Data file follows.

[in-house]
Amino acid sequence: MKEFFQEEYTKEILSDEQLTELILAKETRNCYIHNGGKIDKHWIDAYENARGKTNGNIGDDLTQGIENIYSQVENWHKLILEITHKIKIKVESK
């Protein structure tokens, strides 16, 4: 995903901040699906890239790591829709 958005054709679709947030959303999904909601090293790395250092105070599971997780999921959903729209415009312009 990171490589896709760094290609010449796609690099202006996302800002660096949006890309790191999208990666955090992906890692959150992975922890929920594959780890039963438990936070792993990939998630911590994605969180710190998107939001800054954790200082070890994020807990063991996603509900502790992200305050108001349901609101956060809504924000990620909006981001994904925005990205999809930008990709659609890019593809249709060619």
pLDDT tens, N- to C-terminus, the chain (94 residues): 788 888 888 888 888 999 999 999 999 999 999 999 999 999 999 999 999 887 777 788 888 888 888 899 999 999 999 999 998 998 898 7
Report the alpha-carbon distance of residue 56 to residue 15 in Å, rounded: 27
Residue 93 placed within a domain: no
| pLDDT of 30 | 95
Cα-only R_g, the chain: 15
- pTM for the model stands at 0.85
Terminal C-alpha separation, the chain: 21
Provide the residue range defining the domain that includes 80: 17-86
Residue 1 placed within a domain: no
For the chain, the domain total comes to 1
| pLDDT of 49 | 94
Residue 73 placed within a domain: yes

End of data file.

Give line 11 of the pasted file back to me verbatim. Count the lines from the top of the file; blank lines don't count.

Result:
Provide the residue range defining the domain that includes 80: 17-86